The campsite is located on the minor road which runs along the eastern side of Loch Lomond. This road is reached by leaving the A811 at the village of Drymen and taking the B837 to Balmaha. At Balmaha the road narrows considerably. Immediately on leaving the northern end of the village there is sharp right-hand bend followed by steep hill – the Pass of Balmaha. Care needs to be taken in negotiating this hill, particularly when towing. Milarrochy Bay itself is reached after about 1.5 miles, where there is a large car park, a small National Park Information Centre and a public slipway for boat launching. Milarrochy Bay Campsite is about 0.5 miles past this centre and clearly signposted on the left.

Our pitch looking out across the water
Caravans between the trees

We arrived at the site entrance at around 18.20hrs after travelling approximately 230 miles. The site has a separate entrance and exit; the exit is passed before the entrance is reached. The entrance is on a steep downhill slope with the campsite barrier at the bottom. On our arrival one of the wardens came out and opened the barrier so that we could drive in and park safely before registering at reception. We were given a warm and friendly welcome by the warden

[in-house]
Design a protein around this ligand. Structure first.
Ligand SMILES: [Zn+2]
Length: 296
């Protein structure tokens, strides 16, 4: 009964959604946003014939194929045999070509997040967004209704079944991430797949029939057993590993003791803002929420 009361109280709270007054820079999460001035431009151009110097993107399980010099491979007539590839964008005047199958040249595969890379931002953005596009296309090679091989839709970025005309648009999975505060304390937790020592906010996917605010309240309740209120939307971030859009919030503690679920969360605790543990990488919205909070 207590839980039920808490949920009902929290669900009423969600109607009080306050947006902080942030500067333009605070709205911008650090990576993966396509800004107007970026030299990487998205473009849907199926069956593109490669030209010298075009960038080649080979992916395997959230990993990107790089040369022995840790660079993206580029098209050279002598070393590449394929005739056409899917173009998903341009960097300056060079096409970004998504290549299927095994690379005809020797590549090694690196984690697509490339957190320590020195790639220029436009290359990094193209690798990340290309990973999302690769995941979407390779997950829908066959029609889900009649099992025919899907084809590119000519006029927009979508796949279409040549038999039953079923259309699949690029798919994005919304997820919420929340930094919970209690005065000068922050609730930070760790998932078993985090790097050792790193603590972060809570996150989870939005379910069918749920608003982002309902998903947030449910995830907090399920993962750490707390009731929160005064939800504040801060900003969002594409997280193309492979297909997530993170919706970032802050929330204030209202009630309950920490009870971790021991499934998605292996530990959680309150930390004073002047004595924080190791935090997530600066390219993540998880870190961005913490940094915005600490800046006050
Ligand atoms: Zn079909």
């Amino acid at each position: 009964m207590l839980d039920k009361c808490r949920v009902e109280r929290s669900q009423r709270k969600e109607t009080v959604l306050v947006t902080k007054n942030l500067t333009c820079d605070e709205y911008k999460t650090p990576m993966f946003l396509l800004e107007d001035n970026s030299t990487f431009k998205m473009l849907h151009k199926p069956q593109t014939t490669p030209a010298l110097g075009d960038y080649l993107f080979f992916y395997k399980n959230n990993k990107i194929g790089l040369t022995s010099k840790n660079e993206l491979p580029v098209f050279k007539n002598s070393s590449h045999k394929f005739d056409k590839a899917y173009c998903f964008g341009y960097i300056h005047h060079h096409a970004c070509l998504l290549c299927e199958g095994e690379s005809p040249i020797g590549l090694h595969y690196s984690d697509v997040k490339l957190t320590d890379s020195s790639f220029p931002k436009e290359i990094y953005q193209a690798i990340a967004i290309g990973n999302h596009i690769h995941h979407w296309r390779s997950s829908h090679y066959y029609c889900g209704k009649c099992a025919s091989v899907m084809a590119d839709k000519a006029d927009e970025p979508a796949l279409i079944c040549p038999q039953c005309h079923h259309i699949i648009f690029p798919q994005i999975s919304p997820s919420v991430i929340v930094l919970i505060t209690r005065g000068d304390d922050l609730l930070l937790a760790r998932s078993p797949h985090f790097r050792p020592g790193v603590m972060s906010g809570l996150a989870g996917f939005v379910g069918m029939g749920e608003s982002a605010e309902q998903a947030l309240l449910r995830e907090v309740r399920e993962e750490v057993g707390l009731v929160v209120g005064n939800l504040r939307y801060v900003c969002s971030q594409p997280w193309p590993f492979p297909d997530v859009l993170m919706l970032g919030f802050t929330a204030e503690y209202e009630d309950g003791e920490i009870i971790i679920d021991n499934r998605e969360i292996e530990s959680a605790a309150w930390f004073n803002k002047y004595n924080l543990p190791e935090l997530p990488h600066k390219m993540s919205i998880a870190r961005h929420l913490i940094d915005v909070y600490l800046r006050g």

The barrier is always closed during the daytime and locked at night. The exit is on the far side of reception via a large gate. There is an overnight/visitors’ car park next to this gate. The exit is poorly designed. The view of the road, which is single track at this point, is obstructed by overhanging trees. In addition there is not sufficient length between the gate and the road for a caravan outfit to stop after the gate has been closed. On our departure I had to drive out onto the road to allow Cary to close the gate, and then she had to run 100 yards up the road to join me waiting in a passing place!